On March 22, Alaska's Mount Redoubt, which had been seismically restless for several weeks, erupted explosively, sending several clouds of ash and volcanic gas into the atmosphere, and causing local floods due to melting ice and snow on the volcanic peak. Ash in the atmosphere caused the cancellation of many flights in and out of the Anchorage airport. Mount Redoubt erupted explosively again on the morning of March 26.
April 30: A new animated image of SO2 cloud transport has been added to this news item (see third image below).
The GES DISC is the archive of data from the Atmospheric InfraRed Sounder (AIRS). The AIRS L1 data set includes a BT_diff_SO2 parameter, which highlights the presence of atmospheric sulfur dioxide (SO2). The GES DISC produces regularly-updated maps of this parameter from the AIRS Near Real Time (NRT) data stream, and these maps are published to the GES DISC WMS/OGC server.
Below is an image and an animation of the SO2 data parameter, showing the Mount Redoubt eruption cloud. The image indicates that a portion of the cloud was entrained in strong high-level atmospheric winds, carrying that part of the cloud over central Canada. The data in the animation was modified to filter out any pixels not above the SO2 signature threshold.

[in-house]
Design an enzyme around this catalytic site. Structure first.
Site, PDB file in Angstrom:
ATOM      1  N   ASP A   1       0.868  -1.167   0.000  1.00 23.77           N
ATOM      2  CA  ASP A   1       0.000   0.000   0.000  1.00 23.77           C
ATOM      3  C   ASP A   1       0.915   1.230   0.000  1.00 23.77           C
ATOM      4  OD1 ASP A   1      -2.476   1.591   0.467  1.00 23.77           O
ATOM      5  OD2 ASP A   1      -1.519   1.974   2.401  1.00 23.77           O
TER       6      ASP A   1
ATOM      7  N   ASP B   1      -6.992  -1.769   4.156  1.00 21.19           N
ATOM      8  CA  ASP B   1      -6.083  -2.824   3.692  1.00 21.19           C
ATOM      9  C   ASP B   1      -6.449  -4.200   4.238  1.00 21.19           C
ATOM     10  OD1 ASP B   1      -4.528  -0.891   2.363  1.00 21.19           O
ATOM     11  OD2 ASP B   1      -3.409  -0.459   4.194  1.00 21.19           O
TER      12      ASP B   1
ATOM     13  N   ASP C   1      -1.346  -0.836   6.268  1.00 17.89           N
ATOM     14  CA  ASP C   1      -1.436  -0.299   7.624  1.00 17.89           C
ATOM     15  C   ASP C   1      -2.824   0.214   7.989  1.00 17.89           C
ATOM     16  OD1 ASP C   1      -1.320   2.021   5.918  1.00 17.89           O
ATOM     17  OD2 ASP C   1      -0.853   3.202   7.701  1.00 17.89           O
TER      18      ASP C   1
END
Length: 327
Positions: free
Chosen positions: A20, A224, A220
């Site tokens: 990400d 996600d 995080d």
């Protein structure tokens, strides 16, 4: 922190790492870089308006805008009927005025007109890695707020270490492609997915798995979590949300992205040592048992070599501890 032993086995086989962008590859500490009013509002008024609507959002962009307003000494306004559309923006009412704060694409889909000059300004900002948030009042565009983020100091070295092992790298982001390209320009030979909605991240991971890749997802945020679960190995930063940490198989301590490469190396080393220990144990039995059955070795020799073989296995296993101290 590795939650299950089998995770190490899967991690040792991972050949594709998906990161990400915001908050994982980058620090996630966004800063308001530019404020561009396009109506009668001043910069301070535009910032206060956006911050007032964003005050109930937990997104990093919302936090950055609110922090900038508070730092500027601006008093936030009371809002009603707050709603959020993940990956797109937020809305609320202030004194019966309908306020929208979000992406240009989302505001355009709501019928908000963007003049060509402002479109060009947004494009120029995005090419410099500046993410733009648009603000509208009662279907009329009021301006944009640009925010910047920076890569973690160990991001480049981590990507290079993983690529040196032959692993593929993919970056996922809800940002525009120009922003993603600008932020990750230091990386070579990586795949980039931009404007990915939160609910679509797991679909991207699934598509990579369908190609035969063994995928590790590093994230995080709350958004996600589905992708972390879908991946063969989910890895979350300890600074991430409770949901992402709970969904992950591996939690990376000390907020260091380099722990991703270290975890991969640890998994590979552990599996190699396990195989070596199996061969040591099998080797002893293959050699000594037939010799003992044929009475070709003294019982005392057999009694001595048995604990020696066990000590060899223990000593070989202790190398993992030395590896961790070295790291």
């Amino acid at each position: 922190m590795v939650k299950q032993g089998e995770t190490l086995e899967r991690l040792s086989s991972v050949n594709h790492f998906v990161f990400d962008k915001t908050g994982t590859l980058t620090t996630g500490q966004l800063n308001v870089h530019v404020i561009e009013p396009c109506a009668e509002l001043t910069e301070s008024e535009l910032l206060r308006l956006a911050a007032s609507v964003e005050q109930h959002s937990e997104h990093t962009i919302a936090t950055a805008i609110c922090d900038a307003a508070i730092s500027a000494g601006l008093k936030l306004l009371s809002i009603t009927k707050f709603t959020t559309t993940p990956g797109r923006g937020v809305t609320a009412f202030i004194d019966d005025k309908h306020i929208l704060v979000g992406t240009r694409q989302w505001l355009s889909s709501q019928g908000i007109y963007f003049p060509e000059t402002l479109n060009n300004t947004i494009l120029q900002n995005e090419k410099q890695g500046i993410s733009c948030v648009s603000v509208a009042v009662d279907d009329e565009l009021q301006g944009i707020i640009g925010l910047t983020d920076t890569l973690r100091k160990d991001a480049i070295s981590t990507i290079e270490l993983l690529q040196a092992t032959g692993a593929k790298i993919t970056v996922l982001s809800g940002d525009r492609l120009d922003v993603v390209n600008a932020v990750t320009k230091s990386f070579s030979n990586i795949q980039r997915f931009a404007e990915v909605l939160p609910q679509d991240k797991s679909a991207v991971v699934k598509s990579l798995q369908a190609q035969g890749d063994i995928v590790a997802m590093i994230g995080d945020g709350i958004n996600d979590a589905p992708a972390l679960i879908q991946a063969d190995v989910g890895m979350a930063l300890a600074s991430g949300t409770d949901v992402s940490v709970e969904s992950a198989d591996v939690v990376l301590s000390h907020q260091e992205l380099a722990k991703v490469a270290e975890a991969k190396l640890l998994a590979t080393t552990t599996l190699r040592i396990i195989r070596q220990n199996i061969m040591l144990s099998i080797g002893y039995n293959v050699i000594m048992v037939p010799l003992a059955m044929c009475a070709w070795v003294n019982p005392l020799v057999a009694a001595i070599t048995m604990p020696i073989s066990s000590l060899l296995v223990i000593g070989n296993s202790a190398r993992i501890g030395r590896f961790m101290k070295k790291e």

The animation is centered on Mount Redoubt.
The animation below shows the movement of the eruption clouds from the March 22, March 26, and March 27 eruptions of Mount Redoubt. Part of the SO2 cloud was transported over the Great Lakes and over the East Coast just north of Cape Cod. Depending on the actual height of these clouds, they can "etch" (the actual term is crazing) aircraft windows due to the acidity of water droplets which entrain some of the SO2 in the clouds. Such damage was reported following the eruption of El Chichón in 1983.